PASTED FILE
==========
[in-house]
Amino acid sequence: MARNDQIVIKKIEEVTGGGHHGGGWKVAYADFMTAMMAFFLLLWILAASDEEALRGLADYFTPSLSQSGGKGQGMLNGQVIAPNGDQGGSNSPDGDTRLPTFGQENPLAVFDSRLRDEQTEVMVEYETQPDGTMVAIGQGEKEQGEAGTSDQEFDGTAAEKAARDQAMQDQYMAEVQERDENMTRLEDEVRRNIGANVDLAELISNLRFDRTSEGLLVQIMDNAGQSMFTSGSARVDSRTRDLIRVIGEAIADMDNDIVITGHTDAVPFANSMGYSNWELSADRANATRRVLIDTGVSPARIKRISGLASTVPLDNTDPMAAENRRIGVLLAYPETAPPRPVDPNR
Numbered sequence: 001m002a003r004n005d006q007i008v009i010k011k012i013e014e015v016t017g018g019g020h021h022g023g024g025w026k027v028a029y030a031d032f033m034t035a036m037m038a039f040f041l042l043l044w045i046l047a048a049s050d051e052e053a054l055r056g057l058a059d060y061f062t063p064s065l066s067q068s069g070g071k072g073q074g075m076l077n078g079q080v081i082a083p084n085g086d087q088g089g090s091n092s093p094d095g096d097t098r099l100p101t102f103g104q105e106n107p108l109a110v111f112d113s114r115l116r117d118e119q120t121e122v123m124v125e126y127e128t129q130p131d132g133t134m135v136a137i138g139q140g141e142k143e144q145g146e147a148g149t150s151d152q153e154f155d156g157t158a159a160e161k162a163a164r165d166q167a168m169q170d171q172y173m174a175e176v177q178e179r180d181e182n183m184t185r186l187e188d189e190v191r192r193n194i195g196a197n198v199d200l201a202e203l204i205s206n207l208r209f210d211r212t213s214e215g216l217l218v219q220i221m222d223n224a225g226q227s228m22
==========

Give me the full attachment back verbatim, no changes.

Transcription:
[in-house]
Amino acid sequence: MARNDQIVIKKIEEVTGGGHHGGGWKVAYADFMTAMMAFFLLLWILAASDEEALRGLADYFTPSLSQSGGKGQGMLNGQVIAPNGDQGGSNSPDGDTRLPTFGQENPLAVFDSRLRDEQTEVMVEYETQPDGTMVAIGQGEKEQGEAGTSDQEFDGTAAEKAARDQAMQDQYMAEVQERDENMTRLEDEVRRNIGANVDLAELISNLRFDRTSEGLLVQIMDNAGQSMFTSGSARVDSRTRDLIRVIGEAIADMDNDIVITGHTDAVPFANSMGYSNWELSADRANATRRVLIDTGVSPARIKRISGLASTVPLDNTDPMAAENRRIGVLLAYPETAPPRPVDPNR
Numbered sequence: 001m002a003r004n005d006q007i008v009i010k011k012i013e014e015v016t017g018g019g020h021h022g023g024g025w026k027v028a029y030a031d032f033m034t035a036m037m038a039f040f041l042l043l044w045i046l047a048a049s050d051e052e053a054l055r056g057l058a059d060y061f062t063p064s065l066s067q068s069g070g071k072g073q074g075m076l077n078g079q080v081i082a083p084n085g086d087q088g089g090s091n092s093p094d095g096d097t098r099l100p101t102f103g104q105e106n107p108l109a110v111f112d113s114r115l116r117d118e119q120t121e122v123m124v125e126y127e128t129q130p131d132g133t134m135v136a137i138g139q140g141e142k143e144q145g146e147a148g149t150s151d152q153e154f155d156g157t158a159a160e161k162a163a164r165d166q167a168m169q170d171q172y173m174a175e176v177q178e179r180d181e182n183m184t185r186l187e188d189e190v191r192r193n194i195g196a197n198v199d200l201a202e203l204i205s206n207l208r209f210d211r212t213s214e215g216l217l218v219q220i221m222d223n224a225g226q227s228m22